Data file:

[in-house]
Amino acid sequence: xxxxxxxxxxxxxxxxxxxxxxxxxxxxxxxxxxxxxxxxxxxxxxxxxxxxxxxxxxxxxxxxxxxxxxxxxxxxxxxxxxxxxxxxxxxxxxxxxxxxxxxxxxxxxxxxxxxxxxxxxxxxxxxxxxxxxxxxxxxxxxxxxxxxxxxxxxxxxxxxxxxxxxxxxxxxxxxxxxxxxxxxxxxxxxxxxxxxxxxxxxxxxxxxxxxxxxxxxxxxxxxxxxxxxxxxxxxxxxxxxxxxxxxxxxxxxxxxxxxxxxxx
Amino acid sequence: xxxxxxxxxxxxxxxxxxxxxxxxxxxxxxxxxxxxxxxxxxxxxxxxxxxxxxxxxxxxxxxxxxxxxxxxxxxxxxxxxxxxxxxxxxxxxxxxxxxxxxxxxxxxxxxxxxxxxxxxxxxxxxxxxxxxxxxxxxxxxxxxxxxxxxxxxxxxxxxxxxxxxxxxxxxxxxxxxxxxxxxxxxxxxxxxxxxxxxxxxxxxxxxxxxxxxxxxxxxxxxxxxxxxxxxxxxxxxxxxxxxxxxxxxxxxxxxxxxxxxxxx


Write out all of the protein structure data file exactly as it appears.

[in-house]
Amino acid sequence: xxxxxxxxxxxxxxxxxxxxxxxxxxxxxxxxxxxxxxxxxxxxxxxxxxxxxxxxxxxxxxxxxxxxxxxxxxxxxxxxxxxxxxxxxxxxxxxxxxxxxxxxxxxxxxxxxxxxxxxxxxxxxxxxxxxxxxxxxxxxxxxxxxxxxxxxxxxxxxxxxxxxxxxxxxxxxxxxxxxxxxxxxxxxxxxxxxxxxxxxxxxxxxxxxxxxxxxxxxxxxxxxxxxxxxxxxxxxxxxxxxxxxxxxxxxxxxxxxxxxxxxx
Amino acid sequence: xxxxxxxxxxxxxxxxxxxxxxxxxxxxxxxxxxxxxxxxxxxxxxxxxxxxxxxxxxxxxxxxxxxxxxxxxxxxxxxxxxxxxxxxxxxxxxxxxxxxxxxxxxxxxxxxxxxxxxxxxxxxxxxxxxxxxxxxxxxxxxxxxxxxxxxxxxxxxxxxxxxxxxxxxxxxxxxxxxxxxxxxxxxxxxxxxxxxxxxxxxxxxxxxxxxxxxxxxxxxxxxxxxxxxxxxxxxxxxxxxxxxxxxxxxxxxxxxxxxxxxxx